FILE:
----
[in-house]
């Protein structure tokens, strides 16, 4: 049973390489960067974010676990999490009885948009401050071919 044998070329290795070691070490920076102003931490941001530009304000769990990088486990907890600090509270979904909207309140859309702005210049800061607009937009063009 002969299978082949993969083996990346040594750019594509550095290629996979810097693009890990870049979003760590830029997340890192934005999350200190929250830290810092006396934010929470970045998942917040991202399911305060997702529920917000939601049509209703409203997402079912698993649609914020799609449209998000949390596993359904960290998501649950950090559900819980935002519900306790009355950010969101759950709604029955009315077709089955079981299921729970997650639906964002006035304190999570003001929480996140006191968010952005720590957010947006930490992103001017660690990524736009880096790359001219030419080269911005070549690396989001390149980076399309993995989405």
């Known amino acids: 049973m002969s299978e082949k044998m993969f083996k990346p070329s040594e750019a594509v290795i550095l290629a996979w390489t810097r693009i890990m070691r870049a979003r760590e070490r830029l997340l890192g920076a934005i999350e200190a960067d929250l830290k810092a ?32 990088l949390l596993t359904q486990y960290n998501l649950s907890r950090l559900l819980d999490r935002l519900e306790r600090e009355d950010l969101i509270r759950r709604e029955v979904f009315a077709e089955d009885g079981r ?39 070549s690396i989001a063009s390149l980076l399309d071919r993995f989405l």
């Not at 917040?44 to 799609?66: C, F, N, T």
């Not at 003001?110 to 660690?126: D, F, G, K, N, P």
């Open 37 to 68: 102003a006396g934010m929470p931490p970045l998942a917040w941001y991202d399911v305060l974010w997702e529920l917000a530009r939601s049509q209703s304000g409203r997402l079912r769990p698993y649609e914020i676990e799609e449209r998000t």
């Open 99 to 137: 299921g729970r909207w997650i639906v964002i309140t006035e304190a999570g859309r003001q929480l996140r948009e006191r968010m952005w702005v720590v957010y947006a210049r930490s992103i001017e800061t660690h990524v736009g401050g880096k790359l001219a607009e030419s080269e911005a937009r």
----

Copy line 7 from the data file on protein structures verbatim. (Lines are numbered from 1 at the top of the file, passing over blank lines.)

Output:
């Open 99 to 137: 299921g729970r909207w997650i639906v964002i309140t006035e304190a999570g859309r003001q929480l996140r948009e006191r968010m952005w702005v720590v957010y947006a210049r930490s992103i001017e800061t660690h990524v736009g401050g880096k790359l001219a607009e030419s080269e911005a937009r």